Larry Martin in Illinois says he’s never seen anything like it in his 35 years of farming. Arkansas soybean grower Joe McLemore says he faces the loss of his life savings.
They’re among farmers across the U.S. suffering from a pesticide "drifting" across from neighboring fields onto their crops, leaving behind a trail of damage. Although not a new problem, it’s re-emerged with a vengeance this year. At least 2.5 million acres (1 million hectares) have been damaged in this growing season through mid-July, according to estimates from Kevin Bradley, a professor of plant sciences at the University of Missouri.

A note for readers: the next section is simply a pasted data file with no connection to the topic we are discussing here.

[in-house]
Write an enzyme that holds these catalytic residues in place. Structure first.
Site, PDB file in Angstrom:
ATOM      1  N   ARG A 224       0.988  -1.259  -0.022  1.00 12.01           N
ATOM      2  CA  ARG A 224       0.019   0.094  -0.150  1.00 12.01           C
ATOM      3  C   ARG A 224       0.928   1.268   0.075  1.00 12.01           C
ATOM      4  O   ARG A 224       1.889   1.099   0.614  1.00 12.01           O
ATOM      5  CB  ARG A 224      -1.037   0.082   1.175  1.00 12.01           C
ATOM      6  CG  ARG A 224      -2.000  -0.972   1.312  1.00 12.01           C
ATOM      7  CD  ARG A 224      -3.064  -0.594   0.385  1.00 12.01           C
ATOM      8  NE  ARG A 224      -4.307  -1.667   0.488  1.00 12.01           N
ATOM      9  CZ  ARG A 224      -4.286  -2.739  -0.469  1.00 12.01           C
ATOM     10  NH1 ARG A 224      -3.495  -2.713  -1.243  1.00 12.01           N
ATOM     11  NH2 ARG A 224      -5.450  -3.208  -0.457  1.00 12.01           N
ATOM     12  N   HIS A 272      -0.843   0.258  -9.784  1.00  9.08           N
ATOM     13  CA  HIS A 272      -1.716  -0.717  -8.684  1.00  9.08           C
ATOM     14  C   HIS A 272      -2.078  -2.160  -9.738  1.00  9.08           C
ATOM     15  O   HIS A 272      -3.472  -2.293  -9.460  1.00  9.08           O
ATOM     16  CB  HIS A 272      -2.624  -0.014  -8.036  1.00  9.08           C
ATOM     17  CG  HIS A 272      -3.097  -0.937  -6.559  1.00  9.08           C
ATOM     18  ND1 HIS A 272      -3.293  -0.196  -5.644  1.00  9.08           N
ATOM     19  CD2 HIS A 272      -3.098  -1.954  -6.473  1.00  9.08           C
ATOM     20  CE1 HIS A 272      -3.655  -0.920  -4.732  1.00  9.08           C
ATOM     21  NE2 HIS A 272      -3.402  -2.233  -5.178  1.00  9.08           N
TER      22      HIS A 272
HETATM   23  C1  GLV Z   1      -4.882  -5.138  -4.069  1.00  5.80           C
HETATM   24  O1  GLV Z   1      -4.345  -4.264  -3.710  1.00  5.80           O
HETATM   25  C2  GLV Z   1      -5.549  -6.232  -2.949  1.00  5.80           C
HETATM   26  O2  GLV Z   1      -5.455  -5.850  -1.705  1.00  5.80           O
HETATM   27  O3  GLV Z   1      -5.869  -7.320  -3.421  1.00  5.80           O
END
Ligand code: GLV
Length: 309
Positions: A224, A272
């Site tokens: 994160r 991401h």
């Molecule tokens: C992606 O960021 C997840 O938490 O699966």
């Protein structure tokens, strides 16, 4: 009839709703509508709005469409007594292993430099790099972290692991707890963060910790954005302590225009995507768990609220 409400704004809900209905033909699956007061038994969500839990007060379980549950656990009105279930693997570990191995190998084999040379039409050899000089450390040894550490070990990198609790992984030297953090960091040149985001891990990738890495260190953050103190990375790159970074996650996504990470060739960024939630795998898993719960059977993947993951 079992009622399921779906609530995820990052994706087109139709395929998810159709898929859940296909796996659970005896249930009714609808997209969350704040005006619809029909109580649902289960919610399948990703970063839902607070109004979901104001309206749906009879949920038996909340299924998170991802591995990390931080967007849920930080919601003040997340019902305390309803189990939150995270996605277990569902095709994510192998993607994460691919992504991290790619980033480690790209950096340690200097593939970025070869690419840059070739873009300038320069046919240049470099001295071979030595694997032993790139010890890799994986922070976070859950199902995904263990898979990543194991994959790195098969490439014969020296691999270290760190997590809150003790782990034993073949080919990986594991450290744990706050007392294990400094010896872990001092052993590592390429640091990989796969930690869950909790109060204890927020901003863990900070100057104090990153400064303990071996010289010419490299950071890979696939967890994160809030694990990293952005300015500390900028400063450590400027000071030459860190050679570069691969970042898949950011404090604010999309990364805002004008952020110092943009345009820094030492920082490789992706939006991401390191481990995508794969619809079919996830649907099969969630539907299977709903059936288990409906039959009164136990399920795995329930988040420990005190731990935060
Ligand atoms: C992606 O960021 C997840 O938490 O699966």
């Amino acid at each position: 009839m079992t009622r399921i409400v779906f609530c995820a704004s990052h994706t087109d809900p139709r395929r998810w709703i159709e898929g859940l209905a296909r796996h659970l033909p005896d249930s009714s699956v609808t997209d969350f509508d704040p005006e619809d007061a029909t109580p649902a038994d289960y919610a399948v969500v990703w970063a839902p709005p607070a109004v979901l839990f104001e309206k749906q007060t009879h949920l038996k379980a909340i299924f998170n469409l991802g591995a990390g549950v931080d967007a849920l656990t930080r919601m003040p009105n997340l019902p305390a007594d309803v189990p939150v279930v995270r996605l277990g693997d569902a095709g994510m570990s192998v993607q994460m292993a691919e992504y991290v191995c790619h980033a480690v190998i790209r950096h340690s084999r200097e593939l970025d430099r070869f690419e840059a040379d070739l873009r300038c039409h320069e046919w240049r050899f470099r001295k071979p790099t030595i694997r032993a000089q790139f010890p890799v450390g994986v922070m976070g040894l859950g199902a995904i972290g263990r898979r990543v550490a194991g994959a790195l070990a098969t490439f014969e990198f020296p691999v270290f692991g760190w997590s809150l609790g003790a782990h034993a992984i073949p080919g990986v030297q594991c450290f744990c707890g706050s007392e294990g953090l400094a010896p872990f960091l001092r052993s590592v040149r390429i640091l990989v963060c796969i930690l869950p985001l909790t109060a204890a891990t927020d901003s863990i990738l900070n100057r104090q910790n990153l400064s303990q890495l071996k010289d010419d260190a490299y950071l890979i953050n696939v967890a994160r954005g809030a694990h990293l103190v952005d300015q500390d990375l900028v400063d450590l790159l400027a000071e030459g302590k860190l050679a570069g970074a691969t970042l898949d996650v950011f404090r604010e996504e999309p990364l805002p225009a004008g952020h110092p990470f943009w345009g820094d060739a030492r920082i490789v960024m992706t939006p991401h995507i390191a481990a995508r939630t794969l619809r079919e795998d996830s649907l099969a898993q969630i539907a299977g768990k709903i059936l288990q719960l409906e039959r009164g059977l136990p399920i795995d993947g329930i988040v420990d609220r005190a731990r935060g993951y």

Dicamba, the offending herbicide, is produced by seed and crop-chemical giants Monsanto Co., DuPont Co. and BASF SE. It’s been around for decades, but in recent years it gained a new lease of life after the companies developed new dicamba-resistant soybean and cotton seeds, allowing farmers to spray crops later in the growing process.